With 2014’s first quarter now over, and against the backdrop of the wider economic recovery, how is UK private equity deal flow faring?
New investments are significantly up on 2013 with 15 more MBOs and Growth Capital investments. The absence also of any distressed purchases points to a much more positive outlook for UK plc.
However, when comparing MBO deal values, 2014 has an average spend of £70m whilst the 2013 average is £93m; a substantial difference considering it’s across 15 less deals. What are the reasons for this? There has been a flurry of activity in the lower market as small business focused investors sense opportunities – Business Growth Fund have completed five deals already this quarter.
Also, the gap in price expectations would seem to be closing as, despite favourable debt conditions, investors are being careful not to overleverage and avoid sparking an epidemic of deal fever. How long such prudence lasts will be interesting to note.
The IPO surge continues on, impacting on trade sales, as investors continue pouring into public markets before the supposed window of opportunity shuts. There have been seven floats already in Q1 with the consumer and online sectors proving particularly popular. But whilst retailers McColl’s, Poundland and Pets at Home have a tangible product, many remain sceptical about the longevity of the online businesses particularly with the size of their initial market capitalisations.
King.com, the popular game developer for smartphones and tablets debuted on the NYSE with a colossal $7bn initial market cap. Almost immediately the share price took a hit and $1bn was wiped out through a 16% fall. Outside of private equity ownership, ao.com surprised with its market cap of £1.2bn and immediate surge in share price, although it has now fallen, returning to its debut price, and private equity backed Just-Eat has just entered the fray. The online space will be interesting to watch as the general consensus is that there are just a few shades of a dotcom bubble forming.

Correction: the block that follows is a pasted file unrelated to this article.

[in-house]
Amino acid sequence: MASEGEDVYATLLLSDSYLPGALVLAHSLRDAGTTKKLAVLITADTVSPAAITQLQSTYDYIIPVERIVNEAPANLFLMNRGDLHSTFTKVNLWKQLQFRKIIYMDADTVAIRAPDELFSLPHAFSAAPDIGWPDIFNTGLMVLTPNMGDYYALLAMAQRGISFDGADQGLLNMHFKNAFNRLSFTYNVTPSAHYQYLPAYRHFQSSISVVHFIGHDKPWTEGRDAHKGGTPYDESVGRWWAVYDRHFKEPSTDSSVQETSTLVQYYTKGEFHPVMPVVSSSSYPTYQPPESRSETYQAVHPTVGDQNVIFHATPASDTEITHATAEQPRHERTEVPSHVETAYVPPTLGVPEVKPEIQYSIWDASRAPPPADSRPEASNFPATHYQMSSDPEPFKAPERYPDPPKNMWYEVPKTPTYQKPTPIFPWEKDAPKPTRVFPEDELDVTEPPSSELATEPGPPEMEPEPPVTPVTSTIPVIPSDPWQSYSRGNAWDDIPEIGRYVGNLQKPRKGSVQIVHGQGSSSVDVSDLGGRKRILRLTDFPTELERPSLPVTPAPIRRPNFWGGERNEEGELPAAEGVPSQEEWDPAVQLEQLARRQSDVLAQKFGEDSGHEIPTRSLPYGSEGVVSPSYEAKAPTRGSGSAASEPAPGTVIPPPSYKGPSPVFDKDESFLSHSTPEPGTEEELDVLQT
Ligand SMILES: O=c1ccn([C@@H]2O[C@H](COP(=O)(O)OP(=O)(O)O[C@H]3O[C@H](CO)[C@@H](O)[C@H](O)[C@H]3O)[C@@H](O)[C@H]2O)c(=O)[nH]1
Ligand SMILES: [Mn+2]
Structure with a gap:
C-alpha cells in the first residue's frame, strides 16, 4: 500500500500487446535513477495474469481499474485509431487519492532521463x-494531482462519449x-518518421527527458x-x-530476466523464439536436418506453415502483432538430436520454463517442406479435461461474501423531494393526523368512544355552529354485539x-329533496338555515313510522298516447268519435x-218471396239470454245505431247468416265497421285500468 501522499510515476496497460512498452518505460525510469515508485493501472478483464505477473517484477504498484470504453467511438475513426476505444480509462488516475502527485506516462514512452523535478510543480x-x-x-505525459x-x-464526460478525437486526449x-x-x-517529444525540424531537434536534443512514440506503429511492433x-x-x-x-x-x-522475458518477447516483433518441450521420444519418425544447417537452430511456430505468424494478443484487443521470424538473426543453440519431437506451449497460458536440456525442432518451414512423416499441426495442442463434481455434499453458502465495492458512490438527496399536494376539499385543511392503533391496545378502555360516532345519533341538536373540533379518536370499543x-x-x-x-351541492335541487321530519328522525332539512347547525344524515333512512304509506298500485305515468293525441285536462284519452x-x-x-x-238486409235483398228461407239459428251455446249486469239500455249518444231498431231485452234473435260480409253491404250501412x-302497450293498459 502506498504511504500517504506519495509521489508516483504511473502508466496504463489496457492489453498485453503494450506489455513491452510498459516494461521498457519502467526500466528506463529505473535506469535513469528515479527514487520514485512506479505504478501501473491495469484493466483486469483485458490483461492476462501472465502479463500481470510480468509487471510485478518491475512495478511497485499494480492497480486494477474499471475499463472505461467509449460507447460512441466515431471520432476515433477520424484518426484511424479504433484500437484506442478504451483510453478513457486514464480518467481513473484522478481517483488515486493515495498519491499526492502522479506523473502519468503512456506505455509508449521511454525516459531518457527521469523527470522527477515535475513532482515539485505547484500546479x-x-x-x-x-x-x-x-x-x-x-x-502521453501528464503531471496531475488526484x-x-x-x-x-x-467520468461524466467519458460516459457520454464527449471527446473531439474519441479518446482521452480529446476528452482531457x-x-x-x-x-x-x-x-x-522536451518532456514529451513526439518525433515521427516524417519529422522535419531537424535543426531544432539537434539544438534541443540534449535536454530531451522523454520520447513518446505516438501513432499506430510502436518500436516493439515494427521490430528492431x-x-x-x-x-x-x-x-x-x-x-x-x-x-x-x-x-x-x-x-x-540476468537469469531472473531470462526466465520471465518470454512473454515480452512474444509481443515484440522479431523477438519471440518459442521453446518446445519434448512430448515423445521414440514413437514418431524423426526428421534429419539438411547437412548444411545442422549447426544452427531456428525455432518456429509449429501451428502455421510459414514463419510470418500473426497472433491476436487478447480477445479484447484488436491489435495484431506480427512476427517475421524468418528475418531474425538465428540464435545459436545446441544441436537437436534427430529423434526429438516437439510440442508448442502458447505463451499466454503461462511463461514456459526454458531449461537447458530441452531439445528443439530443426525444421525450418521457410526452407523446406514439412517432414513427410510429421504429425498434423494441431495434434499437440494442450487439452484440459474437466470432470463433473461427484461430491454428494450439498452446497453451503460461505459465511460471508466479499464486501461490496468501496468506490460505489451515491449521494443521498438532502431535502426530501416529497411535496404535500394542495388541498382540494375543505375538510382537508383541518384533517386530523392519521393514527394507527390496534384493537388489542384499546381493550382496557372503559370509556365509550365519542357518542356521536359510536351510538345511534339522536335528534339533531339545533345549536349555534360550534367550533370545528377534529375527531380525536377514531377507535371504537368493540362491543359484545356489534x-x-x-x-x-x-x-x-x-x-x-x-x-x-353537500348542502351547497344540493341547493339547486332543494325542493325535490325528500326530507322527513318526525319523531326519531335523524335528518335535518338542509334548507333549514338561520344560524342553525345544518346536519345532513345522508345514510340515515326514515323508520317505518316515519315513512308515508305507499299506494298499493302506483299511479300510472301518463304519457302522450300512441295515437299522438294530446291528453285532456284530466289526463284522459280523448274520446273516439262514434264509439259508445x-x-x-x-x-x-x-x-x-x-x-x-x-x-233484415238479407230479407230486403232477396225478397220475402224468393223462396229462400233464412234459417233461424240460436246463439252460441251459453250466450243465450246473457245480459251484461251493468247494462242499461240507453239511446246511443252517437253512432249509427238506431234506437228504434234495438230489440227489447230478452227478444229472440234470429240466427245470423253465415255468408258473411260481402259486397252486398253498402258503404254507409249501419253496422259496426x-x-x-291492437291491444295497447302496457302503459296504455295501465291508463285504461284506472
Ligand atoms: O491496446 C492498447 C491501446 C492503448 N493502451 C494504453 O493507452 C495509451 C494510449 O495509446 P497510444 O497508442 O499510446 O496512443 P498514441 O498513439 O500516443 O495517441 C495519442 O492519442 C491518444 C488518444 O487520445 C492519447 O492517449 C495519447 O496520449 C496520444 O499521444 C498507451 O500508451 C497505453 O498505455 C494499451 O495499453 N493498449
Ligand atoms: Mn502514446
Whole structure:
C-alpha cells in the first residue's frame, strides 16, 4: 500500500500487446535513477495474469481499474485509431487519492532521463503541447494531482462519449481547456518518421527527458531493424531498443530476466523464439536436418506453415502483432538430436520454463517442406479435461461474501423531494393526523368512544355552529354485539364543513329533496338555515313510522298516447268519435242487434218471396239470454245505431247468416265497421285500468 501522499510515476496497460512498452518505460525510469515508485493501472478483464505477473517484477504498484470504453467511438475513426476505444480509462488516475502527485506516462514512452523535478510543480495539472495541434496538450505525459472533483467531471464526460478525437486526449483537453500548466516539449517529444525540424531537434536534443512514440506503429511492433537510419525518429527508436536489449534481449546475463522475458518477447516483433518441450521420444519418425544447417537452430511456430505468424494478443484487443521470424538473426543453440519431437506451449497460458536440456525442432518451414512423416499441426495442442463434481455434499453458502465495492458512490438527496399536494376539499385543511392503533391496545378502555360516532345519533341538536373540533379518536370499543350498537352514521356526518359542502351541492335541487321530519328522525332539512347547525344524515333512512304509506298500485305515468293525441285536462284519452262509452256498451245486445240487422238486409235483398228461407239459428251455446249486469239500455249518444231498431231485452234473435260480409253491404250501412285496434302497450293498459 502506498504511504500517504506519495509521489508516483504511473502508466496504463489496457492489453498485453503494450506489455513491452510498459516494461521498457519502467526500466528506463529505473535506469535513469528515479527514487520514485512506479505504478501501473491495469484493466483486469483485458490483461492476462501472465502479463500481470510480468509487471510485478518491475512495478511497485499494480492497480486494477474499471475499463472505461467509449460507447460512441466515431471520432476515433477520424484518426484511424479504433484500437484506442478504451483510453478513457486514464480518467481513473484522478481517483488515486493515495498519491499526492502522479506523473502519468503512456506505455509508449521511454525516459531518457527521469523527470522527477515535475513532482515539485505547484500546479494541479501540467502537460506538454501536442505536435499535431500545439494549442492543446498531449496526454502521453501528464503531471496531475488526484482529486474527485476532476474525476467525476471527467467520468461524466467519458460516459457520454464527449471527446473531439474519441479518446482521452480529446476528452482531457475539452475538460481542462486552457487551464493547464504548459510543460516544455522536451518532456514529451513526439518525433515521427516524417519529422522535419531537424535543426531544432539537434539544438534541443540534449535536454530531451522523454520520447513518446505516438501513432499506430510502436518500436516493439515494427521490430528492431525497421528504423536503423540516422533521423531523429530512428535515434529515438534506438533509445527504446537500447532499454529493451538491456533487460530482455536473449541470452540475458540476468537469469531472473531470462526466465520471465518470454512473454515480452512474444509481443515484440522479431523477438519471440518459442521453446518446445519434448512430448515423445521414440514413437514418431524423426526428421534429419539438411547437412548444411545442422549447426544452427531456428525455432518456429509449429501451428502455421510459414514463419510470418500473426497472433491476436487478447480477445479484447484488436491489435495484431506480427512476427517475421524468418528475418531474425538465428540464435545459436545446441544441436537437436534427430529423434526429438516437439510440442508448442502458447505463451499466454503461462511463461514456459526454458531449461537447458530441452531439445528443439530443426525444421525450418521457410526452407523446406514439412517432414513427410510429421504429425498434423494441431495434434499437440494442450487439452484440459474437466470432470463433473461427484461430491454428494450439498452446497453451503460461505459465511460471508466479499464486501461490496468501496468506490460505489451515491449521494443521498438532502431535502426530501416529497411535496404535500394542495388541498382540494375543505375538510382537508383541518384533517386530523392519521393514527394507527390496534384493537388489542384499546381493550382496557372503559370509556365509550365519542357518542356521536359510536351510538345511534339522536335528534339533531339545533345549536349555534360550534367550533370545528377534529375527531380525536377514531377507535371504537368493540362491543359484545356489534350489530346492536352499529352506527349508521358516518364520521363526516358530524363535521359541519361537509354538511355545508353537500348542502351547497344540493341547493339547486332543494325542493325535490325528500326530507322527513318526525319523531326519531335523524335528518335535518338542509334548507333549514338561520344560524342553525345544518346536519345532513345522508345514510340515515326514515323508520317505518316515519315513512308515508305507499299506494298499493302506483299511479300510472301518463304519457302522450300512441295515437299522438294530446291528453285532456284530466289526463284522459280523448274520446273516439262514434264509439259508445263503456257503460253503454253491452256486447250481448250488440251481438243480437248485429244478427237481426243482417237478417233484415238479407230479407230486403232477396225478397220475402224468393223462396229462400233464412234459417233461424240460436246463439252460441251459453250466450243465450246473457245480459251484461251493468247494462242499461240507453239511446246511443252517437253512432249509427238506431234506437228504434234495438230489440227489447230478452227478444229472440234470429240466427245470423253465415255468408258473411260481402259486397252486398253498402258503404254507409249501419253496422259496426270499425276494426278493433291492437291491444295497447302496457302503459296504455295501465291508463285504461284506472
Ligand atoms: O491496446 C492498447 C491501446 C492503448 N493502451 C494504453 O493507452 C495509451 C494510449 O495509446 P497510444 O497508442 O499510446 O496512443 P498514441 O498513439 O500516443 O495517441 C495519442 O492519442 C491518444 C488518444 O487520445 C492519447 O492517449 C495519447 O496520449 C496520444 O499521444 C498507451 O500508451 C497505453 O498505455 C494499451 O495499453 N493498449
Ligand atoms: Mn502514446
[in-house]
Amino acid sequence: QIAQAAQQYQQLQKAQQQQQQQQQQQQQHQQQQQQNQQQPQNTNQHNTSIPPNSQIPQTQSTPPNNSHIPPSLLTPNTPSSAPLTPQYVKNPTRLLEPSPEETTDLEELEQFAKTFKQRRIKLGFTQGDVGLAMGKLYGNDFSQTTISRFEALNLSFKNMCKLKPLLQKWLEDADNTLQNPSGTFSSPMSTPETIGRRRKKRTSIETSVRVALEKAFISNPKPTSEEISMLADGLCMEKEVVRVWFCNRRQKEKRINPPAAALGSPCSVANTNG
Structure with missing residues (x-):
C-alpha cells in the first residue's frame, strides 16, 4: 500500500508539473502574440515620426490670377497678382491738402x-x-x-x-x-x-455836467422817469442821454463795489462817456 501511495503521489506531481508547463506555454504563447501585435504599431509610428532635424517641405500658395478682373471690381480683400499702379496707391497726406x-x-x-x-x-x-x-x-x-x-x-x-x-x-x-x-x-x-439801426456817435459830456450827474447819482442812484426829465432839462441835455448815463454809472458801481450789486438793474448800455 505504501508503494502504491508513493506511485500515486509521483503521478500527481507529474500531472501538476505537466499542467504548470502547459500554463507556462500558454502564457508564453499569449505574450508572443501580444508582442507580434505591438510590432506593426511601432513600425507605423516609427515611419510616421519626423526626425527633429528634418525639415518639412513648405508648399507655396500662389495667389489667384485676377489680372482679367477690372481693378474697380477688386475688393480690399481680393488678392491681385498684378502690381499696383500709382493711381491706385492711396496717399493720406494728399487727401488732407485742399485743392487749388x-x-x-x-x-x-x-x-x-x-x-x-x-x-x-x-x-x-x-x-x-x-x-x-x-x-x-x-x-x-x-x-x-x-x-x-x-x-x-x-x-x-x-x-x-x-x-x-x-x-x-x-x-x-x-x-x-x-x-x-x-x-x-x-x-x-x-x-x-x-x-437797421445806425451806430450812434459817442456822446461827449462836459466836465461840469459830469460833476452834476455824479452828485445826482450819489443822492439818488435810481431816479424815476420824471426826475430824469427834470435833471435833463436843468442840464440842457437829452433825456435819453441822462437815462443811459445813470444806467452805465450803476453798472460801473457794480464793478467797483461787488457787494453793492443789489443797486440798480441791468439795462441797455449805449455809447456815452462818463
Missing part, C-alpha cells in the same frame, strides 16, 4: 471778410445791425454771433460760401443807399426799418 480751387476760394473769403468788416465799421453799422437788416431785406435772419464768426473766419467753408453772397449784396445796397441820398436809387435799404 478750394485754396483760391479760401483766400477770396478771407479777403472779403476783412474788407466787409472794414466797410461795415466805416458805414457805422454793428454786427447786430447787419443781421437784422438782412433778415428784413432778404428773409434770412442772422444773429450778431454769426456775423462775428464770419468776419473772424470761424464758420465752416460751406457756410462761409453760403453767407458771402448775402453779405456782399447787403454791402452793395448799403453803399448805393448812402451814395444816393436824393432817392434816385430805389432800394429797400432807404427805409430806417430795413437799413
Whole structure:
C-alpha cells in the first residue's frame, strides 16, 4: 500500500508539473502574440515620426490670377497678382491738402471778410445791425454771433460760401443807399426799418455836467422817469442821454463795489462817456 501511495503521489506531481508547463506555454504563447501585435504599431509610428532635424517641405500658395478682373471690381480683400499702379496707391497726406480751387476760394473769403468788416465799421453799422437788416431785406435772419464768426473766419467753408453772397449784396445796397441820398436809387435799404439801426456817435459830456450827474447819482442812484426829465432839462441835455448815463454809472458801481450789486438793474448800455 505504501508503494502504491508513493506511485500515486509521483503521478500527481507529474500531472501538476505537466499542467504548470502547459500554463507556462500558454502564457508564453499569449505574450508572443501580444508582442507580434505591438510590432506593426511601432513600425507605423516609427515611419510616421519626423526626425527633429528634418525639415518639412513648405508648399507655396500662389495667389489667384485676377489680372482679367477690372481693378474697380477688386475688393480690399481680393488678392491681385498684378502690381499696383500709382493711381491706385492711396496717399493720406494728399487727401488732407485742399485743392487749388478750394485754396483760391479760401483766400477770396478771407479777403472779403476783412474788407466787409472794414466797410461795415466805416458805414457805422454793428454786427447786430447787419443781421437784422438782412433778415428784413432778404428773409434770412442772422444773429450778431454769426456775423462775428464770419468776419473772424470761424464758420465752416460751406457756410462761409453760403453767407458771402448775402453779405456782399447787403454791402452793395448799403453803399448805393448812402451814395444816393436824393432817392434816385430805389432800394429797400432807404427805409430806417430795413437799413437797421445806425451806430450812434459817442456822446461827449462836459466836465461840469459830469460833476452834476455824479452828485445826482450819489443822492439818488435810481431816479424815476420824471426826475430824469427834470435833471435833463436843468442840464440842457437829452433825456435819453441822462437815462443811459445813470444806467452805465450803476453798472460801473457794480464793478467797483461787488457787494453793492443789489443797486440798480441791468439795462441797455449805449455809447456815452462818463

The mega funds are back as Permira reaches the final stages of its €5bn fund and KKR and Bridgepoint are about to begin raising funds of €3.5bn and €4bn respectively. Interestingly, all three are less than their pre-global meltdown fund amounts, but we’re getting there.
There are signs everywhere of a return to the good (for now) old days, but it’s important not to forget the lessons of yester year. Confidence is high, the economy is growing, investors are raising huge funds, IPOs are in fashion and even Liverpool look like they might win a title! To think… it was going so well.
Sam Smith, Managing Director
News & Insight